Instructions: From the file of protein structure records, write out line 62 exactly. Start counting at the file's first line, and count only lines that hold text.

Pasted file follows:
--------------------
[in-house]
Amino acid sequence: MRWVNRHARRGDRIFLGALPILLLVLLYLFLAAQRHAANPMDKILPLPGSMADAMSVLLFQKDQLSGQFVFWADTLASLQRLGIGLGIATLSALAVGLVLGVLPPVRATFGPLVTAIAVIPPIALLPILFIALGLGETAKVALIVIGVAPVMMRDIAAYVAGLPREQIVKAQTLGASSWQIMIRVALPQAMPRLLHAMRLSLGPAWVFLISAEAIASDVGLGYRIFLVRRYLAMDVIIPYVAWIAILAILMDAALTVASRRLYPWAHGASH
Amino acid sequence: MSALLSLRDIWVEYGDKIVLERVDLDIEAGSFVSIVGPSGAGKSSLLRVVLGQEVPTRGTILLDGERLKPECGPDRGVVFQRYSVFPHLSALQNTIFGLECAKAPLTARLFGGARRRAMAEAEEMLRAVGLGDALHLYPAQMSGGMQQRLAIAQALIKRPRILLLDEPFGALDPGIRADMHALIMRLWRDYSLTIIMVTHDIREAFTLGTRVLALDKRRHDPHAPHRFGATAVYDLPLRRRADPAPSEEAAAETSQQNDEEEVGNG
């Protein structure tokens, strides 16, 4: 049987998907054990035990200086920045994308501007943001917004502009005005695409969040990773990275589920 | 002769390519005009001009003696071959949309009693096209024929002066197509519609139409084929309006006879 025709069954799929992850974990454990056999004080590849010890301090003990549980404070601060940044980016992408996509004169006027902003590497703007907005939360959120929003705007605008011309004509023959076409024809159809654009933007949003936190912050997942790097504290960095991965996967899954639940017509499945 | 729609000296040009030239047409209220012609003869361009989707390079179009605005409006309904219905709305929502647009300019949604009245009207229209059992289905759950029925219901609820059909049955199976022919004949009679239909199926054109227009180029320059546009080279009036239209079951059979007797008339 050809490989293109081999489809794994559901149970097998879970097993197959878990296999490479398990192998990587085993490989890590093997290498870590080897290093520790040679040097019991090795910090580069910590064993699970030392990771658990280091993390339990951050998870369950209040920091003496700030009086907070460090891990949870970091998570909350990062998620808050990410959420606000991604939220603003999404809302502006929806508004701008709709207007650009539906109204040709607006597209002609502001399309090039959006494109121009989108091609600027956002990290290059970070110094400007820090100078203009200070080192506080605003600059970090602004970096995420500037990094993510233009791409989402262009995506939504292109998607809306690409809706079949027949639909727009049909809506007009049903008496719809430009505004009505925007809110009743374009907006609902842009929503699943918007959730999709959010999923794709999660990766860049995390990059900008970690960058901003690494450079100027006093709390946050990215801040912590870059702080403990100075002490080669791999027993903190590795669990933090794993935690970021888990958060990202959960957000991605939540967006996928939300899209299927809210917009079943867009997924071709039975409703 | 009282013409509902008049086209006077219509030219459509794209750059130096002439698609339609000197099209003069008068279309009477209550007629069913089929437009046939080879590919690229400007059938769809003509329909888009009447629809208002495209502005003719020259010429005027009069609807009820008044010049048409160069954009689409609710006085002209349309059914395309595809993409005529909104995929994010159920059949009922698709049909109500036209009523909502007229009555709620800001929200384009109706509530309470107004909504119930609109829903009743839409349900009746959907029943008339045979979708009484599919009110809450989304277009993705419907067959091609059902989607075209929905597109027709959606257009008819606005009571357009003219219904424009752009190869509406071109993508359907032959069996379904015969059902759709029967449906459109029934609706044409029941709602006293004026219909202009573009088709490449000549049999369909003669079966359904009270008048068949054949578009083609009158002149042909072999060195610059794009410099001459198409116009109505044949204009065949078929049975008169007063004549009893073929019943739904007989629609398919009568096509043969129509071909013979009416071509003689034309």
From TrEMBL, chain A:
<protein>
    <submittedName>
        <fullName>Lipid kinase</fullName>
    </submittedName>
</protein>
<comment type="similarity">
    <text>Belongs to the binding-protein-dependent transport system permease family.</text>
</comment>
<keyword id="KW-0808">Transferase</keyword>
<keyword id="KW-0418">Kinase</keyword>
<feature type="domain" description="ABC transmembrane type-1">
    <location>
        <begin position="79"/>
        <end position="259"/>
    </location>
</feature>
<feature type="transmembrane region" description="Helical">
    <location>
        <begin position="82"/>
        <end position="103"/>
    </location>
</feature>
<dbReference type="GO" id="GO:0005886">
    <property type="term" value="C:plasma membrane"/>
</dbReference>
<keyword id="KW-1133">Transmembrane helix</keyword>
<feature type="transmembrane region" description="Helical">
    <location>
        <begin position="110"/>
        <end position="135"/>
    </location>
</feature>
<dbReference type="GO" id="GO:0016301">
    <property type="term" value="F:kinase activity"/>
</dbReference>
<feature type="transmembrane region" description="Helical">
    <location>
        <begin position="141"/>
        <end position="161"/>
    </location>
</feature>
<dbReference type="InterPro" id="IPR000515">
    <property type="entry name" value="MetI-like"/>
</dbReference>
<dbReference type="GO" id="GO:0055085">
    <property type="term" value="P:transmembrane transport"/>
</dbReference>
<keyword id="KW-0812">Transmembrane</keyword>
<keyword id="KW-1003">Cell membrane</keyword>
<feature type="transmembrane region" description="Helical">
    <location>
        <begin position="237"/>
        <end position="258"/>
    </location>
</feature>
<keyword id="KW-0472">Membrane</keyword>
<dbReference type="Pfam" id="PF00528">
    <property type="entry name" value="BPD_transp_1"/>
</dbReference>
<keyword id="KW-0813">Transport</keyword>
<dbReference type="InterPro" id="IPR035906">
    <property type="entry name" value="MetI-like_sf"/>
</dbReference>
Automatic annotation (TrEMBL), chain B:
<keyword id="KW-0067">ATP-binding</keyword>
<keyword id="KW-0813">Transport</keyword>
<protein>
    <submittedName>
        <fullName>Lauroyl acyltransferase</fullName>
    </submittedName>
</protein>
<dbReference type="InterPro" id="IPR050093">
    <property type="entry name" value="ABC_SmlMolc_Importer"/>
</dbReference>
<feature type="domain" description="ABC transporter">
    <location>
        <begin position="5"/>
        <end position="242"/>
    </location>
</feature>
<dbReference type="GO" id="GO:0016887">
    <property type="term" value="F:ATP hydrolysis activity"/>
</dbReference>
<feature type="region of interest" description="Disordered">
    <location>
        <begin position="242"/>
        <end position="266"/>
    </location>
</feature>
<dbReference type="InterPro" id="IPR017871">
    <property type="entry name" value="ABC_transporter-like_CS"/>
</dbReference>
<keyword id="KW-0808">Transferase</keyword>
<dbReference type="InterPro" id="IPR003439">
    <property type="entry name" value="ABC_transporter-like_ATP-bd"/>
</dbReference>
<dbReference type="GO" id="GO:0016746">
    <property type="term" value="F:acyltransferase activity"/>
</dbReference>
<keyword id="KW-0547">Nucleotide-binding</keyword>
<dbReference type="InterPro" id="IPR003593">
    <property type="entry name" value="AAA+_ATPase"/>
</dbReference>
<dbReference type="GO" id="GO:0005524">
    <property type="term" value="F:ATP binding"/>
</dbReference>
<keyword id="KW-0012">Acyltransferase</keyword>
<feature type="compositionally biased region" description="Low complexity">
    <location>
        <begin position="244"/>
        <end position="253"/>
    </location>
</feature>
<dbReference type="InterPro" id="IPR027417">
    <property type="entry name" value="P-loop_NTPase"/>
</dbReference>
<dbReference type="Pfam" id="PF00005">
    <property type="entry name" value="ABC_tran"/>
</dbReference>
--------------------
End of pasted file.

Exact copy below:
<dbReference type="Pfam" id="PF00528">